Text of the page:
ANY OTHER IDEAS???
If you have other ideas, please leave a comment and share! I’d love to hear and share other opportunities to give gifts that give back.
Thanks for reading! I sure enjoyed pulling the list together.
6:30 pm — All are welcome to a time of prayer as we focus on those suffering and those fighting modern day slavery in our communities and around the world.
7:00 pm — Intros, check in and sharing. All are welcome to introduce themselves and their church or organization and log for the Coalition what they or their communities are doing in the fight against human trafficking. These will be compiled in ongoing lists to facilitate engagement and involvement opportunities for all coalition participants and our community.
7:20 pm — Each meeting one individual, project, initiative, organization, etc, will present to the group. This is a time of giving information, receiving feedback, and open discussion with the purpose of deepening our understanding of the issue and how it impacts our community.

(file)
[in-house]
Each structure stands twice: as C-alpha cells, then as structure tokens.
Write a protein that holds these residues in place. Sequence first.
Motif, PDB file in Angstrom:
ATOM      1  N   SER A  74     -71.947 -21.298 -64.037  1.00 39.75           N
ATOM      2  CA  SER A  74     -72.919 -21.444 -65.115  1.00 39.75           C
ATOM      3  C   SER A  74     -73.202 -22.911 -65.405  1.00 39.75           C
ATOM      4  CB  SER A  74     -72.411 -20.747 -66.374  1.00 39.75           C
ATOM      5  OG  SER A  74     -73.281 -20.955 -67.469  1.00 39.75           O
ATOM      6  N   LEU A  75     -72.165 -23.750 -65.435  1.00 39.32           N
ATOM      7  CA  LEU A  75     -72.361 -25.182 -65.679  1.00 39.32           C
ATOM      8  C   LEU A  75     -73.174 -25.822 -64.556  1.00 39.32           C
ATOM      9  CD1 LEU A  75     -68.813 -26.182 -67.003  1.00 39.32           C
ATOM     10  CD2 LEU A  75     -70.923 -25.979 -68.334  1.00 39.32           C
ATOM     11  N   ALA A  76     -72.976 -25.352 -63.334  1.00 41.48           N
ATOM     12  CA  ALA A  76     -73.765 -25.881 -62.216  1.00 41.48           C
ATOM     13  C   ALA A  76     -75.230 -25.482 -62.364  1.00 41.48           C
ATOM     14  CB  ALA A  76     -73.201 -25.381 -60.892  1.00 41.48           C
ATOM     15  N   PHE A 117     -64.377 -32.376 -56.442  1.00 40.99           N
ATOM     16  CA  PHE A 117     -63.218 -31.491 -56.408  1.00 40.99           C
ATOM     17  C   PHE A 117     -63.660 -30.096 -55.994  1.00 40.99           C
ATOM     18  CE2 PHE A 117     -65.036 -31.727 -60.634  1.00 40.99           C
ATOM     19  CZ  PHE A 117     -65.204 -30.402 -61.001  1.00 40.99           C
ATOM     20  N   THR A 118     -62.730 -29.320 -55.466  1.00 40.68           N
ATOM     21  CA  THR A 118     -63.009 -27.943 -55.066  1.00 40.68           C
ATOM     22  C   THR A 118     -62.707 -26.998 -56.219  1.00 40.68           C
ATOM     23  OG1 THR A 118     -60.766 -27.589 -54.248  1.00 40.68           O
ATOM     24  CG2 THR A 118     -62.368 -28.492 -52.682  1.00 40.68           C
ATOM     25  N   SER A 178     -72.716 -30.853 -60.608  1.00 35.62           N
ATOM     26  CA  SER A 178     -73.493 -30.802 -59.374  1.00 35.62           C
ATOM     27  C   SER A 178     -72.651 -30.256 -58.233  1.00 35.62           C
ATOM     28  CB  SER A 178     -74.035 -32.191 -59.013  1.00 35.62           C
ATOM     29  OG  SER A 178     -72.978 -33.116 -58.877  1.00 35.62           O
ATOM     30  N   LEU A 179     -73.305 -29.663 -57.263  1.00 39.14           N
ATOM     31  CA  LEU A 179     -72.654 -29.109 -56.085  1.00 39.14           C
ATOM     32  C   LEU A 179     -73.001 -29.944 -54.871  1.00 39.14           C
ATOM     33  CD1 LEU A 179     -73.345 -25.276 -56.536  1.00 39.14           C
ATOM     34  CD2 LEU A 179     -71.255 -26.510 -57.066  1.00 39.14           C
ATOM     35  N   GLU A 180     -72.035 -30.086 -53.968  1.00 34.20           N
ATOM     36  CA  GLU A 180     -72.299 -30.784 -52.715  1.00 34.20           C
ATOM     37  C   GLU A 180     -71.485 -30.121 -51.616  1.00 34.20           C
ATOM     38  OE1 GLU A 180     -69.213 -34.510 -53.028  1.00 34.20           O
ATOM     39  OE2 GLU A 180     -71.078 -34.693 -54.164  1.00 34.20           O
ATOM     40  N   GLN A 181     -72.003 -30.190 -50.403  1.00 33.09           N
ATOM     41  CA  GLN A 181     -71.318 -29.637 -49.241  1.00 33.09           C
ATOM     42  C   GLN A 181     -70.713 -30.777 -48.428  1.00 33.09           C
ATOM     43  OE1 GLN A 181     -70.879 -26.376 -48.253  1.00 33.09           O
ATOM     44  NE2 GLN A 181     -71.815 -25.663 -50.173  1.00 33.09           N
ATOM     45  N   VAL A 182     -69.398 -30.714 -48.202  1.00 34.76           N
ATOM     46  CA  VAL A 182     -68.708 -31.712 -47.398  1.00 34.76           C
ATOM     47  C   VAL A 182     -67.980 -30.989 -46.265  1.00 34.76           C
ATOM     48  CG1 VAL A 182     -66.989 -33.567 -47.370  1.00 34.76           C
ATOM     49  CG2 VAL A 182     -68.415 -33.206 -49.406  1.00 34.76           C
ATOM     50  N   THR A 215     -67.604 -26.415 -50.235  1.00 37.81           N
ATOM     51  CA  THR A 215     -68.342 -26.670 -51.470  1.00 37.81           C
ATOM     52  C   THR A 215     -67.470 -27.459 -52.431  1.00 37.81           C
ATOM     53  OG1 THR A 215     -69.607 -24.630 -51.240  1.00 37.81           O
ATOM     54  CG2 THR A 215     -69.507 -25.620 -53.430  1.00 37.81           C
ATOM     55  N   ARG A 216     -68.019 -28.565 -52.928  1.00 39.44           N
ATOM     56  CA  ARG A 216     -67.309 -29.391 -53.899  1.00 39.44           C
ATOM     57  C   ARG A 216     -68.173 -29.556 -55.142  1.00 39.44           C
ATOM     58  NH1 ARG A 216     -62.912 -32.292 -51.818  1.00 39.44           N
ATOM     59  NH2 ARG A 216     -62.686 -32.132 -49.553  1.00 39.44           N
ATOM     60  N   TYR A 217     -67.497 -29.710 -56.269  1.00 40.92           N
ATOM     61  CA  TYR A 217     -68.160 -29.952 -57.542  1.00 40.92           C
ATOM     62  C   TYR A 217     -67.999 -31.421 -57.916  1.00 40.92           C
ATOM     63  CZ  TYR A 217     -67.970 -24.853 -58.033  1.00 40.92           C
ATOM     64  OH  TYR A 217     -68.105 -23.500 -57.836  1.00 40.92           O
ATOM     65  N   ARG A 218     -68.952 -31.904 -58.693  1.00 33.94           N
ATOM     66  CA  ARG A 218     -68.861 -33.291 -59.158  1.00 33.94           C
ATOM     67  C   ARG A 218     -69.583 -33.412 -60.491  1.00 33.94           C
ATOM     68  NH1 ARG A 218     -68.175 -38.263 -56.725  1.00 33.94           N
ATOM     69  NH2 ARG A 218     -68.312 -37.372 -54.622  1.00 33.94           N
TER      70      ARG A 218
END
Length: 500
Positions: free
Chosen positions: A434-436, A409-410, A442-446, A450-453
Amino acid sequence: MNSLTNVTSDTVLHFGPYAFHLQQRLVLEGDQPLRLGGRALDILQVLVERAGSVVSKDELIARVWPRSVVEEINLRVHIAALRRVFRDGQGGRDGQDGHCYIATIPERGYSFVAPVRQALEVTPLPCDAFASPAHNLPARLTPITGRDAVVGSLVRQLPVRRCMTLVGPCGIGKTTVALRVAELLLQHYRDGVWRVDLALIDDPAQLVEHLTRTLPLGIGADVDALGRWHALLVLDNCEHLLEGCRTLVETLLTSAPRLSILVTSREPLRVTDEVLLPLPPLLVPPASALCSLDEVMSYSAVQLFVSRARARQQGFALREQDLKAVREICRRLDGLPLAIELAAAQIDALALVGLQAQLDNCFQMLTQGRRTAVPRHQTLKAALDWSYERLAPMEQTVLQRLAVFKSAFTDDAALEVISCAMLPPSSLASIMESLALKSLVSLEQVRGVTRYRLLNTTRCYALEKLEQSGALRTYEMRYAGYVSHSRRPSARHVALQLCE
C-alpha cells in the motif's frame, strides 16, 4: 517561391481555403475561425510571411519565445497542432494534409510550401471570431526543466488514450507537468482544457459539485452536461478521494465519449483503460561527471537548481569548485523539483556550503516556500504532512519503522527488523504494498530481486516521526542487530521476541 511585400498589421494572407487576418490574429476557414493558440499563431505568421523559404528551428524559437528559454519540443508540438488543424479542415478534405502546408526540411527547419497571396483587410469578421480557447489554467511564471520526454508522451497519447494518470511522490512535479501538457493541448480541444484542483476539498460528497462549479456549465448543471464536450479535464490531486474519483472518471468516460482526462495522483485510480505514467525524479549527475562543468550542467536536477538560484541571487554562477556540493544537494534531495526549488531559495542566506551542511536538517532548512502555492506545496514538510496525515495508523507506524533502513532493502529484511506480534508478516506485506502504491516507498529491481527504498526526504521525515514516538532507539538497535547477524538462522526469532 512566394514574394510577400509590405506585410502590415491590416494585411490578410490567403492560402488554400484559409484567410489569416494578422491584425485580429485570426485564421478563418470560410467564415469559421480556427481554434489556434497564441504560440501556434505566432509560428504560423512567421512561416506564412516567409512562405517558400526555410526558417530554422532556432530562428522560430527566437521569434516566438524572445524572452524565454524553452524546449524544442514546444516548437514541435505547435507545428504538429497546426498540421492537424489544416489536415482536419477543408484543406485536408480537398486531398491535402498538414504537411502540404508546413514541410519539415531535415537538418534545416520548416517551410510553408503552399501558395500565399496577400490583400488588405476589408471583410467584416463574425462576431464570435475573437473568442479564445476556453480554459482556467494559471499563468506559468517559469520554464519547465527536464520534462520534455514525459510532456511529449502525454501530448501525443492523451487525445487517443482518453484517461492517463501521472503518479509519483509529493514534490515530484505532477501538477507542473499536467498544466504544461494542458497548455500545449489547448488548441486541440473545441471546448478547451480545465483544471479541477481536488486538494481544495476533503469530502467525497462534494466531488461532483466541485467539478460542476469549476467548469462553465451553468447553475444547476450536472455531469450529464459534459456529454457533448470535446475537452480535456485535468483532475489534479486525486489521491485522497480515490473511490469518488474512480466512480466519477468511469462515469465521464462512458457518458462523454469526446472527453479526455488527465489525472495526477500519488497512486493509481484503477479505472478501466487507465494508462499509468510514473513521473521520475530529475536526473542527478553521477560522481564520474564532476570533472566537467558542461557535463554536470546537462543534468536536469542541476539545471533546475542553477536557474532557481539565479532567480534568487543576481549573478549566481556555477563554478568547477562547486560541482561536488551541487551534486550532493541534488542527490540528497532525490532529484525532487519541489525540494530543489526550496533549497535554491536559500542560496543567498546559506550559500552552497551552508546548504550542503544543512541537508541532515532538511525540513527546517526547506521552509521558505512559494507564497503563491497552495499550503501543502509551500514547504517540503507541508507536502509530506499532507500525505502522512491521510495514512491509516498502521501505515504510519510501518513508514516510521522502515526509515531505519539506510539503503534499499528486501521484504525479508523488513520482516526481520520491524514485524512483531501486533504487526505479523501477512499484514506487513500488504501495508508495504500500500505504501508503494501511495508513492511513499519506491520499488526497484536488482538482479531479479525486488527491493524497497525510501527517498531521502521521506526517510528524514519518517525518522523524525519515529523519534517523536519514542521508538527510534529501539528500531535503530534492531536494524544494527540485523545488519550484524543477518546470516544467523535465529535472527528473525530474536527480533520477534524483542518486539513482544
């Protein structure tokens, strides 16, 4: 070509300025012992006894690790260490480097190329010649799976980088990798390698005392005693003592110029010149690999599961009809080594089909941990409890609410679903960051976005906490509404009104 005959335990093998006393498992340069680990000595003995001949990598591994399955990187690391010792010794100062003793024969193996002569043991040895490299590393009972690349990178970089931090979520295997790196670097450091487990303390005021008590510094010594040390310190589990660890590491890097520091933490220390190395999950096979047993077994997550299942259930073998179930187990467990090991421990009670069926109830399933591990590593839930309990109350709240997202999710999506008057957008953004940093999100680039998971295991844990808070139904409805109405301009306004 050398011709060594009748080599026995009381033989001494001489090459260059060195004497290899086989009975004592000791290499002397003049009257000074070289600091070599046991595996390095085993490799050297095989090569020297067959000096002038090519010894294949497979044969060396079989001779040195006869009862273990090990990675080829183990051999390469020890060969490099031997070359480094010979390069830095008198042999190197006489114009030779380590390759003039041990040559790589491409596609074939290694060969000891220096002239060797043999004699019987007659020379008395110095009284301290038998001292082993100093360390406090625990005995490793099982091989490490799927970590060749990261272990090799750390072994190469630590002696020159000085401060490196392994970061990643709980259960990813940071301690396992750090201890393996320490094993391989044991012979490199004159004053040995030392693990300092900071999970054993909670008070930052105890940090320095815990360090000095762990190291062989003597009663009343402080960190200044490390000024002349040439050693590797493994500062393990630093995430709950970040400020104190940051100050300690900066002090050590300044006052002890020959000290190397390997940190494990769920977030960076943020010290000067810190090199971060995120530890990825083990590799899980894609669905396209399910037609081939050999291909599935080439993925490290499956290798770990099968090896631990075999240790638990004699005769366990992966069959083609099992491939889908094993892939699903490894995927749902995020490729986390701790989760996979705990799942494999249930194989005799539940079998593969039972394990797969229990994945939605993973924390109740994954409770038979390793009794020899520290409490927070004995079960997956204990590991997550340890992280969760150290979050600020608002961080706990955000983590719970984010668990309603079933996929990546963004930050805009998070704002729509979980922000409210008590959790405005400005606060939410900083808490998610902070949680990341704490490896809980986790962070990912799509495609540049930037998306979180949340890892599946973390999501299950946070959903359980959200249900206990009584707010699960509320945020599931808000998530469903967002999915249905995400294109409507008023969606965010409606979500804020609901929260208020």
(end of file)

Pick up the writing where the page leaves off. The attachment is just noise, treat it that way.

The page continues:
7:45 pm — Meeting ends promptly at 7:45 pm.
This Month: Naomi’s House
This ministry of Moody Church will offer a safe, nurturing home and comprehensive care in our area for sexual trauma survivors in Chicagoland. Learn more and watch the video at the Moody Church website.
I just finished Mountains Beyond Mountains, Pulitzer Prize-winning author Tracy Kidder’s true account of the life of Dr. Paul Farmer, an infectious disease (ID) specialist. Here’s part of the inside-the-front-cover blurb:
“In medical school, Paul Farmer found his life’s calling: to cure infectious diseases and to bring the lifesaving tools of modern medicine to those who need them most. Kidder’s magnificent account takes us from Harvard to Haiti, Peru, Cuba, and Russia as Farmer changes minds and practices through his dedication to the philosophy that ‘the only real nation is humanity.’”